A recent mobile payments trial held in India by global
banking giant Citi has been hailed as a success by the bank,
although the limited availability of compatible mobile phones has
been identified as a challenge to overcome. But some industry
analysts are questioning the results of the trial, as Victoria
Conroy reports.


India was the staging ground for a
recent mobile payments trial undertaken by global banking giant
Citi, and initial results appear to be positive proof that there is
clear market demand for contactless near-field-communication (NFC)

Covering 250 merchant locations in
Bengaluru, the six-month project represented the largest mobile NFC
proximity payment trial of its kind to date. Eligible Citibank
customers wishing to sign up for the trial had to purchase their
own Nokia 6212 NFC-enabled mobile handset in order to

Data collated from the trial found
that in total, 43,257 contactless mobile transactions were
conducted for a total value of INR26.04m ($570,000), and according
to global payment research consultancy Edgar Dunn & Co, the
trial is a “watershed event” in the history of mobile financial
services and illustrates a clear demand for mobile proximity

More importantly, said Edgar Dunn,
the project provided proof of positive growth in transaction
volumes. Customers who were solicited to take part in the offer –
and especially those who joined without being solicited –
transacted significantly more (post-launch compared to a similar
pre-launch period) than eligible customers who did not subscribe to
the new service.

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Among some of the noteworthy
highlights of the Citi trial was that it reported positive customer
feedback on all key fundamentals such as customer interest, usage
and satisfaction. According to Edgar Dunn, the service generated
very high growth rates in overall transaction activity resulting in
a significant increase in total spends, and features such as secure
and hassle-free activation and enhancement in transaction speed
scored positively with customers. Merchant establishments also
polled favourably for the service on its ability to speed up
payments at check-out locations.

“This pilot has shown, once and for
all, that suitably conceived and efficiently implemented NFC
programmes can unlock hidden demand for growth in electronic
payments,” said Samee Zafar, a director at Edgar Dunn who leads the
firm’s advanced payments consulting practice. “NFC technology can
help achieve a long-standing aspiration that has eluded everyone so
far – migrating cash transactions to electronic means.”


Challenges to

Over 3,000 mobile phones were sold
and there was a waiting list of people who wanted to participate in
the project but were unable to buy the handset, even though most
customers already owned and used more advanced smartphones.

The Nokia devices used in the Citi
project were generally perceived as clunky and outdated, according
to Edgar Dunn, and it is this lack of suitably-enabled equipment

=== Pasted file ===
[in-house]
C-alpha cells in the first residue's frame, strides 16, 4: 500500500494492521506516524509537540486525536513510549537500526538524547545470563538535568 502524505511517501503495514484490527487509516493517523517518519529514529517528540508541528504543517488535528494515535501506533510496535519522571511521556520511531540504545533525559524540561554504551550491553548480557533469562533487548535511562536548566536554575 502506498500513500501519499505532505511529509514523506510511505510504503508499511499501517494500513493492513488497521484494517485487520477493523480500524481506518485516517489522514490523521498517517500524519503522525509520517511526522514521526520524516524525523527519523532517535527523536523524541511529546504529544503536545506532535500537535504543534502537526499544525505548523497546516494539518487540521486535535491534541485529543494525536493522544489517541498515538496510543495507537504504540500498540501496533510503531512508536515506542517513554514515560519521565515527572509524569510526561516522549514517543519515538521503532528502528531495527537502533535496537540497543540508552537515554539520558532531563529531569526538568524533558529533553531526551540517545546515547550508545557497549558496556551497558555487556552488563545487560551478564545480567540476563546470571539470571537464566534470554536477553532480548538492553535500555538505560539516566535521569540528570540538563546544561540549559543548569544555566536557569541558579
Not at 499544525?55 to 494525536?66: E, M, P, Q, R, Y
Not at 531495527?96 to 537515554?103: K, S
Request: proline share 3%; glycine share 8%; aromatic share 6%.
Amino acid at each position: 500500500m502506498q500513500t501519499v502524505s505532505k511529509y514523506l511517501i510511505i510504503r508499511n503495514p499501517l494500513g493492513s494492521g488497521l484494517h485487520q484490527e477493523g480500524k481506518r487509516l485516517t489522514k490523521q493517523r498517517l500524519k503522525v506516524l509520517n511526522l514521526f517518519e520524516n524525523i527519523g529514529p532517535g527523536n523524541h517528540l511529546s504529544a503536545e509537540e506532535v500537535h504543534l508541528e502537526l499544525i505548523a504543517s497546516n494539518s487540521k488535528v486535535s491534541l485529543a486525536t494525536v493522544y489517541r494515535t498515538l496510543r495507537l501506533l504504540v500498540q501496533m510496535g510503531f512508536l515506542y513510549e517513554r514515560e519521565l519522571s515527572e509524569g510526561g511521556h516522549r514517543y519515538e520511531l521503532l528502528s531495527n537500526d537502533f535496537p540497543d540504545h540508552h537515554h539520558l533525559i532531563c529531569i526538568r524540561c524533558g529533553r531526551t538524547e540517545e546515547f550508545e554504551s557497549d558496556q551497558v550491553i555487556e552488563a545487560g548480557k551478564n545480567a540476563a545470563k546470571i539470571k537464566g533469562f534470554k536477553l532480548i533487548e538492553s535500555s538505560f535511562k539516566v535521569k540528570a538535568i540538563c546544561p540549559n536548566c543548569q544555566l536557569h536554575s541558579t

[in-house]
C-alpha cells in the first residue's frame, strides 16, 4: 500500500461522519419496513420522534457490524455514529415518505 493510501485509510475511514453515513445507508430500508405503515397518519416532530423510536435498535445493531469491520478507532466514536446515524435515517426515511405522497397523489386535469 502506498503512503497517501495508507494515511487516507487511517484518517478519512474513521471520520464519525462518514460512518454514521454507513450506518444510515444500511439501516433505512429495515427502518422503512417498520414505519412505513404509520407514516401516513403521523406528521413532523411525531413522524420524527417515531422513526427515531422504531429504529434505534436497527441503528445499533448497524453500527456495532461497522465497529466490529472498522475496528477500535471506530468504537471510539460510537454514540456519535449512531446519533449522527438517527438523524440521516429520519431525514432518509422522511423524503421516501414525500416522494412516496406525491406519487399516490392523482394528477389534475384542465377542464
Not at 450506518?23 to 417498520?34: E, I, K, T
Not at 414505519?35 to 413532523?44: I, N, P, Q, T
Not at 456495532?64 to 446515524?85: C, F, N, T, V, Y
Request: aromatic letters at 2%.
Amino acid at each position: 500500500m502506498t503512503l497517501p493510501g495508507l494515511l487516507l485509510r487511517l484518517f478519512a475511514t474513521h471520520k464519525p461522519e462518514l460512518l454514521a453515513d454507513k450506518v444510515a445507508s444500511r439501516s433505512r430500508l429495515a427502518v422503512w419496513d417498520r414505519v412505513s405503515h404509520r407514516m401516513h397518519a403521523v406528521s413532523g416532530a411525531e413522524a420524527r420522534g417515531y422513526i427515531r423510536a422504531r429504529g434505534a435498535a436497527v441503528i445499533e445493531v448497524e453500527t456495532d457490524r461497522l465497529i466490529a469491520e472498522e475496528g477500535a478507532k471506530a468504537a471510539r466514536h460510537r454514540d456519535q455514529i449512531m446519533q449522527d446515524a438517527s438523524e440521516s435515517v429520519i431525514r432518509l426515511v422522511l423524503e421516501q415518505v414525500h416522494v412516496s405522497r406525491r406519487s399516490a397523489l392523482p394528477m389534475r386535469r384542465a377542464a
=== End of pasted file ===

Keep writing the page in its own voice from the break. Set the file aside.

availability that stands in the way of further growth of mobile
payments. Until this issue is resolved, it is unlikely that any
large-scale commercial roll-outs of NFC technology will take

Edgar Dunn’s report on the Citi
trial stated: “Instead of enabling only a few handset types with
NFC, there needs to be a concerted commitment from device providers
to include NFC as a regular feature on all types of mobile

Edgar Dunn is also calling for the
creation of an industry forum “that actively engages all players to
ensure that there is a co-operative and concerted effort to develop
an interoperable open payments environment”. Following on from
this, the eco-system must be expanded to incorporate multiple banks
and service providers, thus giving customers more choice and
enhancing service usage.

However, the Citi trial has come
under close scrutiny from technology and payment consultancy
Gartner, with one analyst, Kristin Moyer, arguing that the data
released fails to support claims made by Citi and Edgar Dunn about
the success of the project.

Noting that 43,257 transactions
were made over the six-month period, Moyer says the numbers fail to
back up the assertions.

“Assuming this is approximately 180
days, that means somewhere around 240 mobile payments occurred per
day,” said Moyer. “With 250 participating merchants, this comes out
to <1 transaction per day per merchant.”

Moyer pointed to the roll-out of
NFC technology in Japan, which is often cited as a template for
successful payment technology programmes. Japanese consumers are
estimated to make 1.8 contactless retail transactions per month per
contactless device, and 4.7 customers make a contactless
transaction on each contactless POS terminal per day.

“This is not yet a success story,”
said Moyer. “The estimates for the Citi trial in India and the
Japanese market do not imply that adoption is insignificant, but
they do not back up the success stories depicted.”

In 2009 Gartner estimated that the number of people globally
making payments through their mobile phones would rise from 43.1m
in 2006 to 73.4m in 2009, a rise of 70%. By 2012, Gartner predicted
that the number of people making mobile payments would hit 190m, or
more than 3% of total mobile users globally.